By Sean McAdam
DUNEDIN, Fla. -- Heavy rain up and down Florida's Gulf Coast wreaked havoc with the Red Sox' plans on their next-to-last day in the state.
John Lackey had been scheduled to start the team's final road game of the Grapefruit League season, but with torrential rain falling in Fort Myers shortly after 7 a.m. and heavy rain expected 125 or so miles away in Dunedin, the Sox pulled the plug on that plan.
The last thing the Sox wanted was to have Lackey (and starting catcherJarrod Saltalamachia) ride five hours round trip on the bus and not gettheir work in.
Instead, the Sox had Lackey pitch a five-inning simulated game at the team's minor-league complex, with hitters standing in -- but no fielders behind him.
Over five "innings," Lackey got his pitch count up to 74 pitches, 47 of them strikes.
Lackey is scheduled to start the second game of the season, Saturday in Arlington, Texas.
In the same complex, the Sox got an inning of relief work for both Daniel Bard (13 pitches, 10 strikes) and Jonathan Papelbon (21 pitches, 9 for strikes).
The Red Sox mercifully snapped their 10-game losing streak, the longest spring training skid in franchise history, with a 3-2 win over the Blue Jays.
Outfielder Jeremy Hazelbaker belted a two-run homer in the top of the seventh to propel the Sox to a victory that was cut short by rain in the middle of the seventh inning.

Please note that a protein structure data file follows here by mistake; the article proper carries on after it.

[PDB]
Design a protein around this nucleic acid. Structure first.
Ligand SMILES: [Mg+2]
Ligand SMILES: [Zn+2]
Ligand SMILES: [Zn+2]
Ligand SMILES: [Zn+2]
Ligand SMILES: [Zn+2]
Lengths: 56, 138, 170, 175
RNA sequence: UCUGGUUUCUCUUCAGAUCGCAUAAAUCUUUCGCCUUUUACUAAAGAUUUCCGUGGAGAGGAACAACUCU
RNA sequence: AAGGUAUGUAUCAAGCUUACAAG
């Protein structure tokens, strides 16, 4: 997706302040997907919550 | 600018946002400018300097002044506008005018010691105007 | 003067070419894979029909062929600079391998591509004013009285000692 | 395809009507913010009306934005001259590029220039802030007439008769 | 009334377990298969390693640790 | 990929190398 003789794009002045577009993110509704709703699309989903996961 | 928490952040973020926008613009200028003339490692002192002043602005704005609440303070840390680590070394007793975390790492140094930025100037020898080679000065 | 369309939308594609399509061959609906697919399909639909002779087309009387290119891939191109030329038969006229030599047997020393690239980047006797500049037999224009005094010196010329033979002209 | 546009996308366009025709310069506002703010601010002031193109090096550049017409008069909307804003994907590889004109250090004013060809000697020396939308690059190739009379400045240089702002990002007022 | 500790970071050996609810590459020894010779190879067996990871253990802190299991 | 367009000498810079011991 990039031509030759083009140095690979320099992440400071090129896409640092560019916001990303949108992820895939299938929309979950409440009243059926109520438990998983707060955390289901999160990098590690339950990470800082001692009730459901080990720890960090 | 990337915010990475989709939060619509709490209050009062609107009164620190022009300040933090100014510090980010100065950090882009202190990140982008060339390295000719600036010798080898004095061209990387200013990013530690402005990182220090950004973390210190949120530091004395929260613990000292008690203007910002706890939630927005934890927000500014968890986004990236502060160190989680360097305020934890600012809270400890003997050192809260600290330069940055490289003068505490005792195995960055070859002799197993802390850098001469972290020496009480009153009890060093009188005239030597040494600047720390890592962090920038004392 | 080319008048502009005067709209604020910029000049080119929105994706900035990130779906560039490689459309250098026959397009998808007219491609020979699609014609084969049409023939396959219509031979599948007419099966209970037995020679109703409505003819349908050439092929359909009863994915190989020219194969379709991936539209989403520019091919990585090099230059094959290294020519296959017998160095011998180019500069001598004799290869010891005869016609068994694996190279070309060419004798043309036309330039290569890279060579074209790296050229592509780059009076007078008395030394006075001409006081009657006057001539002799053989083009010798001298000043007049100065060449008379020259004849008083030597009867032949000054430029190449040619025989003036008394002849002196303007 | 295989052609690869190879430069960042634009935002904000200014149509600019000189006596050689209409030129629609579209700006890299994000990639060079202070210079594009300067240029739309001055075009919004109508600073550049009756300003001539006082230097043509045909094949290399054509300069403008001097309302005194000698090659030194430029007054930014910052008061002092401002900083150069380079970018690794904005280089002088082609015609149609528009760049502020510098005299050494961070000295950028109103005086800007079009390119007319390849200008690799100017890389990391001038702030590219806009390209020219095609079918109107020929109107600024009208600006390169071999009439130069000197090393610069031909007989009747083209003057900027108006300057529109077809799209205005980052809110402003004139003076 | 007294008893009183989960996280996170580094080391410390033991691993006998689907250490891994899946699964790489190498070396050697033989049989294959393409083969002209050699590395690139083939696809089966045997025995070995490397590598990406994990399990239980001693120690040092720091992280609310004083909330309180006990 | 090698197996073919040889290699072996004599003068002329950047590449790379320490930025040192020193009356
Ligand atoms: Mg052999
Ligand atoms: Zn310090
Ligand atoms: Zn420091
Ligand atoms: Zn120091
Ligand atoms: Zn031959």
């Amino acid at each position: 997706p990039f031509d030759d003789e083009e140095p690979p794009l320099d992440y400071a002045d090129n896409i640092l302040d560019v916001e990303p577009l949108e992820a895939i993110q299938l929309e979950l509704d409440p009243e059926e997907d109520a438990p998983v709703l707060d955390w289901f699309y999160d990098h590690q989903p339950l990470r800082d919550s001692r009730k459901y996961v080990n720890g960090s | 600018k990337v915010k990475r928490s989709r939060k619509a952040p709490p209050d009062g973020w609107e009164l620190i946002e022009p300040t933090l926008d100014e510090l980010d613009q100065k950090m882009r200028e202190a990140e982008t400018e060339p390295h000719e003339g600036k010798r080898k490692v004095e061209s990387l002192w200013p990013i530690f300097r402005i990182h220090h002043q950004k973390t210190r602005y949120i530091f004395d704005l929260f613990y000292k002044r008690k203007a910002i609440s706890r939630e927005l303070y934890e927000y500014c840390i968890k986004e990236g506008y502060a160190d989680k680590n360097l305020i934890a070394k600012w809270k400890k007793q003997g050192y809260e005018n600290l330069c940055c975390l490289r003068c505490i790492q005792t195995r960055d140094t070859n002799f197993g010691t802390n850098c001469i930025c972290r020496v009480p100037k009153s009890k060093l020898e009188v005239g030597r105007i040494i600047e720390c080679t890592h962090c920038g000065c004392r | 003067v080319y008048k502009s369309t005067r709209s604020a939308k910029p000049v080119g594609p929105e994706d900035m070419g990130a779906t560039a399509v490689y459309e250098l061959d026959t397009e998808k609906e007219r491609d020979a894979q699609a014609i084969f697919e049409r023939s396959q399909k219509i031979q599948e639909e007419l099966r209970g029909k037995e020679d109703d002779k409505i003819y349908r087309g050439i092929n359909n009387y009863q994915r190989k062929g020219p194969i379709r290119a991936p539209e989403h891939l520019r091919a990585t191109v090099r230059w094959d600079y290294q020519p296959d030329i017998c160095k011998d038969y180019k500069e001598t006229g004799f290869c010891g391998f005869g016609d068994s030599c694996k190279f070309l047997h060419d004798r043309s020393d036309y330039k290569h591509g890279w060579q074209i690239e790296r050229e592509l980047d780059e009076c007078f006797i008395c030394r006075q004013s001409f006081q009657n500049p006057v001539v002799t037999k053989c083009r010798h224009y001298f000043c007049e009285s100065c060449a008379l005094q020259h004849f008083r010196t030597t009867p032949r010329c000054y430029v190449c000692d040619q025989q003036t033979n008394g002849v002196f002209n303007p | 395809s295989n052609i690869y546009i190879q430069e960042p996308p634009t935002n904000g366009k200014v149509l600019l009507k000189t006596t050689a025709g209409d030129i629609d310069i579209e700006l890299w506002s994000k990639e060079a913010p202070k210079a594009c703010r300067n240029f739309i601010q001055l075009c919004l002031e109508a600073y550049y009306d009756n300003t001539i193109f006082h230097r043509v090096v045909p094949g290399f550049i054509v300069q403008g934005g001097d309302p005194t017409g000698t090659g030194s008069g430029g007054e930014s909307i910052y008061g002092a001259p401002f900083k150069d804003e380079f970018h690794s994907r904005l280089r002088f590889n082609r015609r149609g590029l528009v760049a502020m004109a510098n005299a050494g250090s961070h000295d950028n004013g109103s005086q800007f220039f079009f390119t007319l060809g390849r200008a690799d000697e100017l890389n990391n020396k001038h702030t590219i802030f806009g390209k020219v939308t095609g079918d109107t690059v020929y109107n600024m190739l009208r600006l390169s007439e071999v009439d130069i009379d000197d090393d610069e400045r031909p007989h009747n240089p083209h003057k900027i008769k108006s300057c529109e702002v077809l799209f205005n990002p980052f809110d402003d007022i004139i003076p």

"It's funny, but I don't think most of the major league players knew about the streak because they play and leave before the game is over,'' said Francona.
Of Hazelbaker's homer, Francona said: "It looks like he's getting stronger. To see that swing, I'd take that long bus ride anyday. That ball came off his bat good."
Baltimore Orioles manager Buck Showalter, under fire for remarks he made about the Red Sox and GM Theo Epstein, called Epstein Sunday night and apologized.
In the April issue of Men's Journal, Showalter questioned whether Epstein would be as successful an executive without a big-market payroll and said he took particular pleasure beating the Red Sox with a smaller payroll last season.
"I just felt like I need to call him,'' Showalter told reporters Monday morning. "It just caused the Red Sox to sit around and answer questions or whatever, so I spoke to both Epstein and Terry Francona.''